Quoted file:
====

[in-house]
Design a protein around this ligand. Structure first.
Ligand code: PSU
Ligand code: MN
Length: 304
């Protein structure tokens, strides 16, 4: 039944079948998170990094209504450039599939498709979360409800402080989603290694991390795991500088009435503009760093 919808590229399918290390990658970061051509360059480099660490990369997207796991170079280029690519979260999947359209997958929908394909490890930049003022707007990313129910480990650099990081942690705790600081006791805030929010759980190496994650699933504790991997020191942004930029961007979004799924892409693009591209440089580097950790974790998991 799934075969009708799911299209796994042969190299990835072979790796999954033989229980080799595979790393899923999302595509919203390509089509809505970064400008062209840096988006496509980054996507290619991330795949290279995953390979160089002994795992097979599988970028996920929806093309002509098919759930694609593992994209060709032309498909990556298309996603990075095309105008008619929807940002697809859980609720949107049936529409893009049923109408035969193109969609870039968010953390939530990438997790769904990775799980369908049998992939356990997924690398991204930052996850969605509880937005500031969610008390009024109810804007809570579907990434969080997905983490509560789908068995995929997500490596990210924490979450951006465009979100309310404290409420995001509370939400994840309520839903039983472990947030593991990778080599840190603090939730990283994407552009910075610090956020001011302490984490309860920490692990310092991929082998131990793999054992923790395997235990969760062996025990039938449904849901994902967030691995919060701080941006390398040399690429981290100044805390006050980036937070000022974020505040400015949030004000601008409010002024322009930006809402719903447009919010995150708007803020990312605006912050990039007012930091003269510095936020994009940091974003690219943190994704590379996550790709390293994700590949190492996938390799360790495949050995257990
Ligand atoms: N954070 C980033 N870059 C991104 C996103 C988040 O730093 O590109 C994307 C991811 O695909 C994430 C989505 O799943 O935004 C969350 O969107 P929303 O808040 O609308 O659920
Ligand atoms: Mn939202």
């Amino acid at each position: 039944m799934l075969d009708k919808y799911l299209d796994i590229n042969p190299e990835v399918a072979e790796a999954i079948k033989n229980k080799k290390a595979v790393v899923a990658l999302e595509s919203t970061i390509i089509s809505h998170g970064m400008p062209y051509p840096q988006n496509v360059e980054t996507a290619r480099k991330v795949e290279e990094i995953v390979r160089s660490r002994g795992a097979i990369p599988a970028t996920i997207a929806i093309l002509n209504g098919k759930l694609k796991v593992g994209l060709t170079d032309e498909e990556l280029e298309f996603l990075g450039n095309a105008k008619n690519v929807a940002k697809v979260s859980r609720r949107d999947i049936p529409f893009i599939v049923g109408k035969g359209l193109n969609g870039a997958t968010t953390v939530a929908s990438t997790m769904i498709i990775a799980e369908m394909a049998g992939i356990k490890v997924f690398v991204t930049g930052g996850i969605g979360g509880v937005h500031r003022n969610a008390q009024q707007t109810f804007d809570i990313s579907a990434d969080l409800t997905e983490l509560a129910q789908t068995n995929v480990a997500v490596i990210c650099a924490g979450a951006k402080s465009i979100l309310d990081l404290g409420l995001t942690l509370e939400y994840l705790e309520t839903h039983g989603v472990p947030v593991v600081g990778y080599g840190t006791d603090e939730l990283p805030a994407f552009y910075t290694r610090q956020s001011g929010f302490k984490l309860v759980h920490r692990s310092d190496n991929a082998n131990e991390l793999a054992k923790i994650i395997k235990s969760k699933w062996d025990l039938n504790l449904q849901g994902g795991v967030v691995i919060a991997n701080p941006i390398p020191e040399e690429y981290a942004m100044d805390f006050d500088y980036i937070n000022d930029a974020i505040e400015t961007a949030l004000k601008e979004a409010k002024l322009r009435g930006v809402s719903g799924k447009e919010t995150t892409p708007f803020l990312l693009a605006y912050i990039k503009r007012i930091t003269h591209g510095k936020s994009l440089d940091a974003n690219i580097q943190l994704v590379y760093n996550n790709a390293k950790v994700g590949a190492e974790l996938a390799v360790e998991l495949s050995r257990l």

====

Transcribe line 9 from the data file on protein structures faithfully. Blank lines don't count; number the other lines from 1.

């Amino acid at each position: 039944m799934l075969d009708k919808y799911l299209d796994i590229n042969p190299e990835v399918a072979e790796a999954i079948k033989n229980k080799k290390a595979v790393v899923a990658l999302e595509s919203t970061i390509i089509s809505h998170g970064m400008p062209y051509p840096q988006n496509v360059e980054t996507a290619r480099k991330v795949e290279e990094i995953v390979r160089s660490r002994g795992a097979i990369p599988a970028t996920i997207a929806i093309l002509n209504g098919k759930l694609k796991v593992g994209l060709t170079d032309e498909e990556l280029e298309f996603l990075g450039n095309a105008k008619n690519v929807a940002k697809v979260s859980r609720r949107d999947i049936p529409f893009i599939v049923g109408k035969g359209l193109n969609g870039a997958t968010t953390v939530a929908s990438t997790m769904i498709i990775a799980e369908m394909a049998g992939i356990k490890v997924f690398v991204t930049g930052g996850i969605g979360g509880v937005h500031r003022n969610a008390q009024q707007t109810f804007d809570i990313s579907a990434d969080l409800t997905e983490l509560a129910q789908t068995n995929v480990a997500v490596i990210c650099a924490g979450a951006k402080s465009i979100l309310d990081l404290g409420l995001t942690l509370e939400y994840l705790e309520t839903h039983g989603v472990p947030v593991v600081g990778y080599g840190t006791d603090e939730l990283p805030a994407f552009y910075t290694r610090q956020s001011g929010f302490k984490l309860v759980h920490r692990s310092d190496n991929a082998n131990e991390l793999a054992k923790i994650i395997k235990s969760k699933w062996d025990l039938n504790l449904q849901g994902g795991v967030v691995i919060a991997n701080p941006i390398p020191e040399e690429y981290a942004m100044d805390f006050d500088y980036i937070n000022d930029a974020i505040e400015t961007a949030l004000k601008e979004a409010k002024l322009r009435g930006v809402s719903g799924k447009e919010t995150t892409p708007f803020l990312l693009a605006y912050i990039k503009r007012i930091t003269h591209g510095k936020s994009l440089d940091a974003n690219i580097q943190l994704v590379y760093n996550n790709a390293k950790v994700g590949a190492e974790l996938a390799v360790e998991l495949s050995r257990l």